On the nature of the electromyographic signals recorded during vibration exercise


Xu, L., Rabotti, C. & Mischi, M. (2015). On the nature of the electromyographic signals recorded during vibration exercise. European Journal of Applied Physiology, 115(5), 1095-1106. In Scopus Cited 9 times.

Lees meer: DOI      Medialink/Full text



Purpose : Surface electromyography (EMG) has been widely used to measure neuromuscular activity during vibration exercise (VE) to investigate the underlying mechanisms elicited by VE. However, the EMG spectrum recorded during VE shows sharp peaks at the vibration frequency whose interpretation remains controversial. Some authors considered those peaks as a result of motion artifacts, while others interpreted them as due to vibration-induced neuromuscular activity. The aim of the present study is to clarify the nature of those sharp peaks observed during VE.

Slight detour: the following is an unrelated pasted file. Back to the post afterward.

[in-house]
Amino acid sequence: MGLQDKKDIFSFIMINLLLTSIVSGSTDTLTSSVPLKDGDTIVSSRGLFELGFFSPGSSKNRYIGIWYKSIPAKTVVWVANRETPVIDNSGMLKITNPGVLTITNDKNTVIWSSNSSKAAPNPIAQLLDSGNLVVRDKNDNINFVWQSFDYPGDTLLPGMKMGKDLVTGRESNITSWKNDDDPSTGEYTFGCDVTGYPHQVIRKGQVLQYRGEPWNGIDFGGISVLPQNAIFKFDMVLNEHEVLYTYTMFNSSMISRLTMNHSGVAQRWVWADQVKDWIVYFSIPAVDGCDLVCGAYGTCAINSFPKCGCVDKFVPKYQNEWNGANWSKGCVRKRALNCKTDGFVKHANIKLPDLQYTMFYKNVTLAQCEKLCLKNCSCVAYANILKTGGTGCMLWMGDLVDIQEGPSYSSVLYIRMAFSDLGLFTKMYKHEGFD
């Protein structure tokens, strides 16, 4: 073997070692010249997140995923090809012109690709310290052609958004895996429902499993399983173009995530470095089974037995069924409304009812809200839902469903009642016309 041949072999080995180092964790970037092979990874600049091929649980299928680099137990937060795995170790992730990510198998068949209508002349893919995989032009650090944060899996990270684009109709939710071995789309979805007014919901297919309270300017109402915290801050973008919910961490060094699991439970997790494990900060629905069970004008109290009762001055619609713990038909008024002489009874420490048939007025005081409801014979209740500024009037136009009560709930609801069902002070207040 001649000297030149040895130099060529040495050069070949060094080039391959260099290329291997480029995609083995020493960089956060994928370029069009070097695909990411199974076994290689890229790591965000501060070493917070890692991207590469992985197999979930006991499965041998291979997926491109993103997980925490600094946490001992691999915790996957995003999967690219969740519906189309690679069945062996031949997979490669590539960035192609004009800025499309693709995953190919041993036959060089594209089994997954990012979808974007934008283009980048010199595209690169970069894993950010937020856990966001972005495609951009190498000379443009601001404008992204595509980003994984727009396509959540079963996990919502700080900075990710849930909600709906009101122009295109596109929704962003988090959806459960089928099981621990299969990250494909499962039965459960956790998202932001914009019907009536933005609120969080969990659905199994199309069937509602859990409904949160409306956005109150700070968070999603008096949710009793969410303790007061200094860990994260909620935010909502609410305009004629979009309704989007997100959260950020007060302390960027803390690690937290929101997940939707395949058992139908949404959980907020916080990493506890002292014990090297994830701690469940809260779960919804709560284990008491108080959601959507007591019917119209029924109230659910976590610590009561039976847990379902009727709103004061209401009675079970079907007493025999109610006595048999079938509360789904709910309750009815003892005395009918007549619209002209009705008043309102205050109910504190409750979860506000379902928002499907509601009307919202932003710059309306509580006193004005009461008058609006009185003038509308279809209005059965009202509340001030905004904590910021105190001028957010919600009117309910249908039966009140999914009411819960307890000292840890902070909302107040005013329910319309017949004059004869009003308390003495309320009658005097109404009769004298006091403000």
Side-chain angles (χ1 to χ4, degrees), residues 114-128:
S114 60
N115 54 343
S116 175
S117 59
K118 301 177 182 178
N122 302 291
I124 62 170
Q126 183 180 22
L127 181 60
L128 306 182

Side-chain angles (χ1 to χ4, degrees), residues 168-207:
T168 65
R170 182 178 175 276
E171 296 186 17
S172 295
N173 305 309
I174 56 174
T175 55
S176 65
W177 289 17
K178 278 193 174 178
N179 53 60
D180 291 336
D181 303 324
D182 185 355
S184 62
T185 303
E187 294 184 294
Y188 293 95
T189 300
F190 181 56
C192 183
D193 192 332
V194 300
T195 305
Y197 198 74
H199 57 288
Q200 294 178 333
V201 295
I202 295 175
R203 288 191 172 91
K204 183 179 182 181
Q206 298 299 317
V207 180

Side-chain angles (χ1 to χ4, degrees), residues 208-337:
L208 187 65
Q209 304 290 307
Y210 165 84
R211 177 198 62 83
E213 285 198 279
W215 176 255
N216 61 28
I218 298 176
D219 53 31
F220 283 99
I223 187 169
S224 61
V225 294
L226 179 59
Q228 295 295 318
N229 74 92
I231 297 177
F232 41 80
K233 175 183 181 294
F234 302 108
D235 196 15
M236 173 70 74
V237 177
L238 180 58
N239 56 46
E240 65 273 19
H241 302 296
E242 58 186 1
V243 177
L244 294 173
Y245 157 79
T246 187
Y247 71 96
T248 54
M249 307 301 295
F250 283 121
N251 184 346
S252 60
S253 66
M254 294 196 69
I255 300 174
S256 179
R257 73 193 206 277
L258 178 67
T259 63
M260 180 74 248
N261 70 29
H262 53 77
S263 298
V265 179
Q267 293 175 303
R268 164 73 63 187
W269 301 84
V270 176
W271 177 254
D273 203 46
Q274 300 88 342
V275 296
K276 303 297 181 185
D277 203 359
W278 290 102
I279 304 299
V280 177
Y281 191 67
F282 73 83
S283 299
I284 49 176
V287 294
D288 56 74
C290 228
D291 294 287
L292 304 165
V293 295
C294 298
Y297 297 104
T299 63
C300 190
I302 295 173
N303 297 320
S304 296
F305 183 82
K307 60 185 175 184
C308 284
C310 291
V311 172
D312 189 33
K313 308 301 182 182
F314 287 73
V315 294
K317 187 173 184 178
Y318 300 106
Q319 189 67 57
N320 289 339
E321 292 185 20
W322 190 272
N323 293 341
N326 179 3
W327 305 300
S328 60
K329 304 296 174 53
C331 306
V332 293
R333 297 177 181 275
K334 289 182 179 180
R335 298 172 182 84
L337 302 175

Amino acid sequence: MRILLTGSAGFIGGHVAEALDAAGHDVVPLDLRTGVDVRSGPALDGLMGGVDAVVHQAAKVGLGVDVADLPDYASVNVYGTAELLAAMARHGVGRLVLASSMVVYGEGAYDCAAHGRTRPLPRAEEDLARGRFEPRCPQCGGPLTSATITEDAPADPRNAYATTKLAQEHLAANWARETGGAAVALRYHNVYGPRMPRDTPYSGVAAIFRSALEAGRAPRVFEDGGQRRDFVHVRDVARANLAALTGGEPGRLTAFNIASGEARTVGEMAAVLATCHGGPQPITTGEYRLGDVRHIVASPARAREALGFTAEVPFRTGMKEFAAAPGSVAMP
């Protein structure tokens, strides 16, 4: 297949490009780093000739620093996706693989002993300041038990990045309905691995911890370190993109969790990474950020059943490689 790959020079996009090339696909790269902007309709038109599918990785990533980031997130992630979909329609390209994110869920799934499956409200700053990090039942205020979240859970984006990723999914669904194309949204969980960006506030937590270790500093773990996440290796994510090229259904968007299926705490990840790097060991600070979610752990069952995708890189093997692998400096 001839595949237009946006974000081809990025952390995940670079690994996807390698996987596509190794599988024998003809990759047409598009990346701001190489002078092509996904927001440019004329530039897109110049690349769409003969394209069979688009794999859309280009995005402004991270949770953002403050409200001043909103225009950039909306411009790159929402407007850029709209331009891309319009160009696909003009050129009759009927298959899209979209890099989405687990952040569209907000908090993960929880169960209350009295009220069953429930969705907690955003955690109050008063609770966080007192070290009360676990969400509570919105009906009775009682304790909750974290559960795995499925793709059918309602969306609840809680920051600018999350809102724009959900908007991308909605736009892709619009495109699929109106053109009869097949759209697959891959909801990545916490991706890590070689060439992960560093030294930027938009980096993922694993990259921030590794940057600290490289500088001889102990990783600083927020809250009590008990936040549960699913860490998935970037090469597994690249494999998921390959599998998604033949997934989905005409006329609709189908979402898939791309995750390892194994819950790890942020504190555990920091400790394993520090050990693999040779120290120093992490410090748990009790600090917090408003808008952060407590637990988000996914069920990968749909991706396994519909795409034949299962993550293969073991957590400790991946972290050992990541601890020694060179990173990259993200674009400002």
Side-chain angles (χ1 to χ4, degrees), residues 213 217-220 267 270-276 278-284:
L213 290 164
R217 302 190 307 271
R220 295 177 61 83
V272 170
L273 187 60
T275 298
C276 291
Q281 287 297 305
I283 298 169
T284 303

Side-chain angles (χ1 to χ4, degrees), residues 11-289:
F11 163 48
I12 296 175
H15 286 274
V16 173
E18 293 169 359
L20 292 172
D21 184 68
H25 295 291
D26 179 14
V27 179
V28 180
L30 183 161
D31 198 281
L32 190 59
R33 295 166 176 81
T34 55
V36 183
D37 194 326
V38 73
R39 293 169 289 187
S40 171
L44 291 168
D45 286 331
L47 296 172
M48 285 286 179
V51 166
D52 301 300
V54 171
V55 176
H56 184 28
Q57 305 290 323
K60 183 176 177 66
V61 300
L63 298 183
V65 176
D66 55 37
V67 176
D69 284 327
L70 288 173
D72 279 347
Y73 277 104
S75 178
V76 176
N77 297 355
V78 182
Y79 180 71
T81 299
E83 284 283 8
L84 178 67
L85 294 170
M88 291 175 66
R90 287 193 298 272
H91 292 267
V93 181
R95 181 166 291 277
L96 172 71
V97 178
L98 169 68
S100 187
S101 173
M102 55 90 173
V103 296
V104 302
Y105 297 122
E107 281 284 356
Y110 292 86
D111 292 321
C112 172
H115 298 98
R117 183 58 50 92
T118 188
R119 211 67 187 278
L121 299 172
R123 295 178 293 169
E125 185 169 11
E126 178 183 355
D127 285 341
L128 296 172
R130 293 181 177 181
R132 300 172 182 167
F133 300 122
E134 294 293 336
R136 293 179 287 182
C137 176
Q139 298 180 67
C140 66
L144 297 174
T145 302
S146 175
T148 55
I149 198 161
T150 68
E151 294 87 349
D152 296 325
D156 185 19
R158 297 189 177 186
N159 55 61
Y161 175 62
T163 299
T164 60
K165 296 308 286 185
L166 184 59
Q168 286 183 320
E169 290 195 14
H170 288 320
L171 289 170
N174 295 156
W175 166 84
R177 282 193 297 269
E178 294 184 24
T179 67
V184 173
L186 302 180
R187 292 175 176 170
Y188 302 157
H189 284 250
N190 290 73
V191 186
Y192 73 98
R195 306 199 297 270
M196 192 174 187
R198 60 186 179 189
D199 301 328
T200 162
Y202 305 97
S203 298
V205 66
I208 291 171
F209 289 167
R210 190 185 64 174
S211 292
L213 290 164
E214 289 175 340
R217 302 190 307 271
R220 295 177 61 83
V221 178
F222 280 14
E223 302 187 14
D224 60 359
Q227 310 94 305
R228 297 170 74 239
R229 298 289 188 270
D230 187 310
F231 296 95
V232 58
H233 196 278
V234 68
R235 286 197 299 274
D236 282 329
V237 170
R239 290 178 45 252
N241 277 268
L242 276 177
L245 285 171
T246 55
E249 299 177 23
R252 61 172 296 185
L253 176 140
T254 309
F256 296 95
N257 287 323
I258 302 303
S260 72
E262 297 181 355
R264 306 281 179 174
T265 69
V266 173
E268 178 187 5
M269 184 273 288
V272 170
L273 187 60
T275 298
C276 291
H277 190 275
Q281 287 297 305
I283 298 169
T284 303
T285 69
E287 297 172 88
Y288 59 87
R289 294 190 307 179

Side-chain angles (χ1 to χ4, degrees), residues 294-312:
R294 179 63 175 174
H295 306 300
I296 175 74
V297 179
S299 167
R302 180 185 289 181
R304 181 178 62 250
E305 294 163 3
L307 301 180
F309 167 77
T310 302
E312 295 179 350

Methods : Three independent EMG measurements were performed during VE: in vitro (IVT), in vivo at rest ( IVV R ), and in vivo during voluntary contraction ( IVV C ). The amplitudes of the EMG vibration frequency components ( A VF ) were extracted for all measurements. The conduction velocity (CV) of the vibration frequency components and the full EMG spectrum were also estimated during voluntary contraction.


Results : Our spectrum analysis revealed small A VF for IVT and IVV R , accounting for only 3.3 and 7.6 % of that obtained from IVV C . Moreover, the CV estimation indicated the EMG vibration components to propagate along the muscle fiber with CV ˜ 6.5 m/s, comparable to the CV estimated using the full EMG spectrum (5.7 m/s).


Conclusion : We may therefore conclude that the sharp spectral peaks observed during VE are mainly due to vibration-induced muscle activity rather than motion artifacts.